Carnival of Space #234
Welcome to another installment of The Carnival of Space! Here’s some highlights of space and astronomy news from the past week. We’ve got great stories on black holes, leap seconds, interstellar travel, solar storms, Newt Skywalker’s lunar base plan, and more!
Starting off this week’s Carnival is from Next Big Future, where researchers describe a new system for a society of highly advanced civilizations around a super massive black hole (SMBH), as an advanced Type III “Dyson Sphere,” pointing out an efficient usage of energy for the advanced civilizations. SMBH also works as a sink for waste materials. It would produce 100 million times the power of a dyson sphere around our sun. Check out the full article at: http://nextbigfuture.com/2012/01/type-iii-dyson-sphere-of-highly.html
Next up, Urban Astronomer reports that The Goddard Institute for Space Studies have released their annual global surface temperature report and, unsurprisingly, showed that 2011 was one of the hottest years on record. That puts 9 out of the top ten in the 21st century so far. Read more at: http://www.urban-astronomer.com/Urban-Astronomer-Updates/2011amonghottestyearsonrecordLinks through Space reports on the recent Sun storms and Solar flares. The Sun is exploding CRAZY! Recently, The Sun ejected the strongest solar radiation storm since September, 2005. A very fast CME (Coronal Mass Ejection) slammed into Earth last week. Learn more at: http://linksthroughspace.blogspot.com/2012/01/sun-storms-and-solar-flares-sun-is.html
Ian Musgrave at Astroblog reports that Comet hunters have unexpectedly found an old comet returning, and we might be able to see it! Read Ian’s post at: http://astroblogger.blogspot.com/2012/01/comet-2003-t12-recovered-in-stereo.html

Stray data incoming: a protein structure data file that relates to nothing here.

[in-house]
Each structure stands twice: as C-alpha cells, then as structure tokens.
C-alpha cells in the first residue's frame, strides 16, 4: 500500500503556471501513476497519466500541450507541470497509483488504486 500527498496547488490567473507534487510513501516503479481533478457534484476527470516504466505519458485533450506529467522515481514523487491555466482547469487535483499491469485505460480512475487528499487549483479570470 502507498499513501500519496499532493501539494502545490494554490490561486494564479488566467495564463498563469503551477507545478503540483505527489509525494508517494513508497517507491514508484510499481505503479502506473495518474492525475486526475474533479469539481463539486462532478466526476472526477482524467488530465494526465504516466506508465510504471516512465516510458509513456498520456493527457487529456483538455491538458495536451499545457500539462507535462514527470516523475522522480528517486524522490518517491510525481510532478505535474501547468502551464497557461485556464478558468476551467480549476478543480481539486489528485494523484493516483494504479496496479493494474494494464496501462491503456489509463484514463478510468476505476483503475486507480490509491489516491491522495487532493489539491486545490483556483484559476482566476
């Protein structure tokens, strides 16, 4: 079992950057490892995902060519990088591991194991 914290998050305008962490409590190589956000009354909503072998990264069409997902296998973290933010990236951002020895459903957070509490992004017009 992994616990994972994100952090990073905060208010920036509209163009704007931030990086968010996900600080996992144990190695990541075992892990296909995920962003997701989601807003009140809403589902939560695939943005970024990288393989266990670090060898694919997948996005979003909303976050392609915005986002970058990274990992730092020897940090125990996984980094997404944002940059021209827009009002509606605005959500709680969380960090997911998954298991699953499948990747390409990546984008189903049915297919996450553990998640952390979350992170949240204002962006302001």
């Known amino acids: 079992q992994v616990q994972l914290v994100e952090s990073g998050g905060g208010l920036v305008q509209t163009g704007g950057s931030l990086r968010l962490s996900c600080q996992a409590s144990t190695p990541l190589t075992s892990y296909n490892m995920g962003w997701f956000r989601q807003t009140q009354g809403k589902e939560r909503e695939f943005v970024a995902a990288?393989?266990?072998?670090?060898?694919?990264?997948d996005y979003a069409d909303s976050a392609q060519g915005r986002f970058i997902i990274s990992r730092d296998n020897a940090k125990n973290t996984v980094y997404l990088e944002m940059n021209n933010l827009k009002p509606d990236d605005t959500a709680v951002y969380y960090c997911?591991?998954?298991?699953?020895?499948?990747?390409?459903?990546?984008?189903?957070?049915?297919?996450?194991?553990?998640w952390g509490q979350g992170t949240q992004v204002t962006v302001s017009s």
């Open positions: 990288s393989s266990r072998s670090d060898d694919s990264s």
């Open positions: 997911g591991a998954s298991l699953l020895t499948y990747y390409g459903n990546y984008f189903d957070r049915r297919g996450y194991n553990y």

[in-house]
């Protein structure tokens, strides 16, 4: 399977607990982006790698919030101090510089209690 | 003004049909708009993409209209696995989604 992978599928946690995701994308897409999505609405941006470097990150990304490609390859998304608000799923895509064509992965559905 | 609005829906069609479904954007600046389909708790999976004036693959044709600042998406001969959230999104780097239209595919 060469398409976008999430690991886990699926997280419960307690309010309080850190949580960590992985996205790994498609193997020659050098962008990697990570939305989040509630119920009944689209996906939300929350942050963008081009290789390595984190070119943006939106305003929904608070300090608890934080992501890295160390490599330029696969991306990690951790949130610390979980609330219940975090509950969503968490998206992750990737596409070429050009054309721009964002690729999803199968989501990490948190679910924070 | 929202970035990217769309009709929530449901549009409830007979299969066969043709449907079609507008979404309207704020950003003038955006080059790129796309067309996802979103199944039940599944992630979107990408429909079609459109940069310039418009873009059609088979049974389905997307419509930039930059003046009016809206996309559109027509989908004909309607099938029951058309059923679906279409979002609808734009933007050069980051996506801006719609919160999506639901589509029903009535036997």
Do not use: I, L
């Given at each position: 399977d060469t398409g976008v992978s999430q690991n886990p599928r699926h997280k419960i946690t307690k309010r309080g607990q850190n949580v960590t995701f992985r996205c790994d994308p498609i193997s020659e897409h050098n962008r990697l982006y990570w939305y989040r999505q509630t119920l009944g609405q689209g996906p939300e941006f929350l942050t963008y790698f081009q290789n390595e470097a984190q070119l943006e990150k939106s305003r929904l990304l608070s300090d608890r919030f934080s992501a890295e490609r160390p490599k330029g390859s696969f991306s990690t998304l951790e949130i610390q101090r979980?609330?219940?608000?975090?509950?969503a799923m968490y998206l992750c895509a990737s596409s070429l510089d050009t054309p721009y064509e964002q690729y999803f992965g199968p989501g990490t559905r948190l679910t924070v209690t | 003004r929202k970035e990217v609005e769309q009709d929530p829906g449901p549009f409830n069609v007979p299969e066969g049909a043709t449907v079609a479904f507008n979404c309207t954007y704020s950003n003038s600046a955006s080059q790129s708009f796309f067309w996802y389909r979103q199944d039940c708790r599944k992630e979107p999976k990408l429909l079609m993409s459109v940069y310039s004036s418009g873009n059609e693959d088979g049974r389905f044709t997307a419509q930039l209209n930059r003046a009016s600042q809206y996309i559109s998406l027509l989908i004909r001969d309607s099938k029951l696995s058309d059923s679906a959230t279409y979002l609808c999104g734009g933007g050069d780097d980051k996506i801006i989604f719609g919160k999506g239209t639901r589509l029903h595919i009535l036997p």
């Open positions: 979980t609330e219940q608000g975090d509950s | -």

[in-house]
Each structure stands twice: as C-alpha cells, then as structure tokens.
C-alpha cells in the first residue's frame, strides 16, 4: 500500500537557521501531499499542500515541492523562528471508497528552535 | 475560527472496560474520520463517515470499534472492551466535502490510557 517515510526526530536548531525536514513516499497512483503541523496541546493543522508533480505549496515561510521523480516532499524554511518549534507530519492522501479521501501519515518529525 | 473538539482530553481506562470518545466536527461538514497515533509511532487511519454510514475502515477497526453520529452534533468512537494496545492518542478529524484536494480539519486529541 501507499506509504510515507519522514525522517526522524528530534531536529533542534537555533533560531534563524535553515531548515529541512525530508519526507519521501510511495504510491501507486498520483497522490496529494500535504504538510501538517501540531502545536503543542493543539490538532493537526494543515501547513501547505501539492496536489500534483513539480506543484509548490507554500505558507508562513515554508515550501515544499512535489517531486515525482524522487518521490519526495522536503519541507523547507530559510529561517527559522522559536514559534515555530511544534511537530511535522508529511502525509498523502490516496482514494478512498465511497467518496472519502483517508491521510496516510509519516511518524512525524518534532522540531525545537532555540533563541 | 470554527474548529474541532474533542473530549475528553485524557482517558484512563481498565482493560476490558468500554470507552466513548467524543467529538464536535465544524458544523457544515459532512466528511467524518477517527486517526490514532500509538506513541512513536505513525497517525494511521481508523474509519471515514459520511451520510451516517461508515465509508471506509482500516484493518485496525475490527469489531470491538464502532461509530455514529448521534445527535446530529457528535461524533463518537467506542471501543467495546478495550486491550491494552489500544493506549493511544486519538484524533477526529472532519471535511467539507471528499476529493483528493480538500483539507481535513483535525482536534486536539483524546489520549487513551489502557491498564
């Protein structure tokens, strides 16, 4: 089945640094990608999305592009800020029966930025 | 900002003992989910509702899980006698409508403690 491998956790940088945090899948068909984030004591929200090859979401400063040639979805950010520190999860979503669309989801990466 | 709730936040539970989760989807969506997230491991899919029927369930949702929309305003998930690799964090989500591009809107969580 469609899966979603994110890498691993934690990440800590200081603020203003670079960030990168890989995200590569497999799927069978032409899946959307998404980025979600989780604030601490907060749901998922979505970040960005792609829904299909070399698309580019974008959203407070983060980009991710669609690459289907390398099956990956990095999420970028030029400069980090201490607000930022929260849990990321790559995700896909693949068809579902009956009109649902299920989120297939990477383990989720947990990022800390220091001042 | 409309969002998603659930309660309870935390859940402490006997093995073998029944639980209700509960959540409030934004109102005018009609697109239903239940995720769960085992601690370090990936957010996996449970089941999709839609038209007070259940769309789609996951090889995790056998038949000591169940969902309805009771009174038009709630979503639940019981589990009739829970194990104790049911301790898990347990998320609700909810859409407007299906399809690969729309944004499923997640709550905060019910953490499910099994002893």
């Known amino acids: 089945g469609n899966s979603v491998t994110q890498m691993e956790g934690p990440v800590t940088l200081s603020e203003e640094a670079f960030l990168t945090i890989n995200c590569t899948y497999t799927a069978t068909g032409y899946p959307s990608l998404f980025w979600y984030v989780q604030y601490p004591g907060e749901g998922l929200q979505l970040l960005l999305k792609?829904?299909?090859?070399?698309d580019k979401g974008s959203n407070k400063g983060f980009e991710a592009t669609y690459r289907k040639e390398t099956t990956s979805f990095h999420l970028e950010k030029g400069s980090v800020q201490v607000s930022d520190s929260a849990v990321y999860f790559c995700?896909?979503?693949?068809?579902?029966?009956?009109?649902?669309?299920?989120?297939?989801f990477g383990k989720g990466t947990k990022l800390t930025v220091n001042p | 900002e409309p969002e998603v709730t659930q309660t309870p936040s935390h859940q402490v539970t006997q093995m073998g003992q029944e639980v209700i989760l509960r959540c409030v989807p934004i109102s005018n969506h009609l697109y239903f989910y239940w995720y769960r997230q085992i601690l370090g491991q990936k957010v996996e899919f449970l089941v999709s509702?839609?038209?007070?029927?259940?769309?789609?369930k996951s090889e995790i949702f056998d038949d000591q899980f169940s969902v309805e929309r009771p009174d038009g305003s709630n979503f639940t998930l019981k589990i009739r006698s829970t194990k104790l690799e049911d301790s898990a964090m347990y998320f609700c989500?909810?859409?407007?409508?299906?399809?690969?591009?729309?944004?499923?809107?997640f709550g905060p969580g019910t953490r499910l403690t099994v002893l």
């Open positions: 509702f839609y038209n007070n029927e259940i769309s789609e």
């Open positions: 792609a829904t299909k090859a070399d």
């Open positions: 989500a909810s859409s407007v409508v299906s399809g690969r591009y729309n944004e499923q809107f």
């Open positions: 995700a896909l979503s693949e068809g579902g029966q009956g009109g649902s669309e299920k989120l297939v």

NASA released a new “Blue Marble” image of the western hemisphere this week. This beautiful hi-res image was taken from the recently renamed Suomi NPP satellite. You can view the image, along with a striking and familiar planetary nebulae in a new image of the Helix Nebula over at Starry Critters.
Amy Shira Teitel offers her thought’s on Newt Gingrich’s plan to have an American lunar base up and running by the end of his second term in 2020. Amy outlines why a Moon base is a horrible idea, and offers her thoughts on why we shouldn’t take his plans of lunar domination too seriously. Read her post at: http://vintagespace.wordpress.com/2012/01/28/on-newt-gingrich-on-the-moon/
Here’s another article from Next Big Future. Project Bifrost is an ambitious study examining emerging space technologies that could lay the foundation for future interstellar flights and investigates the utility of fission for future space missions. Read the full article at: http://nextbigfuture.com/2012/01/project-bifrost-is-new-study-of-nuclear.html
Simostronomy: The stellar astronomy blog offers up two interesting articles. The first, mentions that this year we will add a leap second to the USNO’s clock on June 30. The second post is about the AAVSOnet robotic telescope K35 which is helping to confirm the latest Puckeet Supernova Search discovery, SN 2012N.
For your listening pleasure, Steve Nerlich at Cheap Astronomy offers up a podcast on big stars. Listen at: http://www.cheapastro.com/podcasts/CA136_BigStars.mp3
Next up, Paul Scott Anderson at The Meridiani Journal reports on a new study indicating that planets are the rule rather than the exception, and most stars have planetary systems.
Read more at: http://themeridianijournal.com/2012/01/a-milky-way-full-of-planets/
Rounding out this week’s Carnival of Space, The Chandra Blog offers a teacher guide for ice core records – from volcanoes to supernovas
That’s it for this week’s Carnival of Space! Stay tuned for the next weekly showcase of articles written on the topic of space.
If you have a science/space blog, joining the carnival is a good way to meet members of the space/science blogging community and help your site reach a wider audience.
If you’d like to be a host for the carnival, please send email to email@example.com